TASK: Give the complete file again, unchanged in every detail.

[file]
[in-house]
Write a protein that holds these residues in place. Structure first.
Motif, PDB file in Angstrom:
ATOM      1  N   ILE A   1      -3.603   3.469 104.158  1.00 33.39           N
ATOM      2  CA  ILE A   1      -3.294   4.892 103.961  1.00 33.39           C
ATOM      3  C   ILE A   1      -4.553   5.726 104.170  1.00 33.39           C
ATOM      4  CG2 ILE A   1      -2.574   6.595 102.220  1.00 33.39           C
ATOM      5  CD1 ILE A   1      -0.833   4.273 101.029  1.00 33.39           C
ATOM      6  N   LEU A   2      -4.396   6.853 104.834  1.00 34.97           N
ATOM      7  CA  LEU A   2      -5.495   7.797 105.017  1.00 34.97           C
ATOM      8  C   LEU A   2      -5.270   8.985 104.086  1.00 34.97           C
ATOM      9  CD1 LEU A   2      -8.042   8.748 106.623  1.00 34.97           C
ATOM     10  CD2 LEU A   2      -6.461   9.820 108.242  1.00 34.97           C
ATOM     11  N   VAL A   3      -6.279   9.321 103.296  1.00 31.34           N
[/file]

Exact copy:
[in-house]
Write a protein that holds these residues in place. Structure first.
Motif, PDB file in Angstrom:
ATOM      1  N   ILE A   1      -3.603   3.469 104.158  1.00 33.39           N
ATOM      2  CA  ILE A   1      -3.294   4.892 103.961  1.00 33.39           C
ATOM      3  C   ILE A   1      -4.553   5.726 104.170  1.00 33.39           C
ATOM      4  CG2 ILE A   1      -2.574   6.595 102.220  1.00 33.39           C
ATOM      5  CD1 ILE A   1      -0.833   4.273 101.029  1.00 33.39           C
ATOM      6  N   LEU A   2      -4.396   6.853 104.834  1.00 34.97           N
ATOM      7  CA  LEU A   2      -5.495   7.797 105.017  1.00 34.97           C
ATOM      8  C   LEU A   2      -5.270   8.985 104.086  1.00 34.97           C
ATOM      9  CD1 LEU A   2      -8.042   8.748 106.623  1.00 34.97           C
ATOM     10  CD2 LEU A   2      -6.461   9.820 108.242  1.00 34.97           C
ATOM     11  N   VAL A   3      -6.279   9.321 103.296  1.00 31.34           N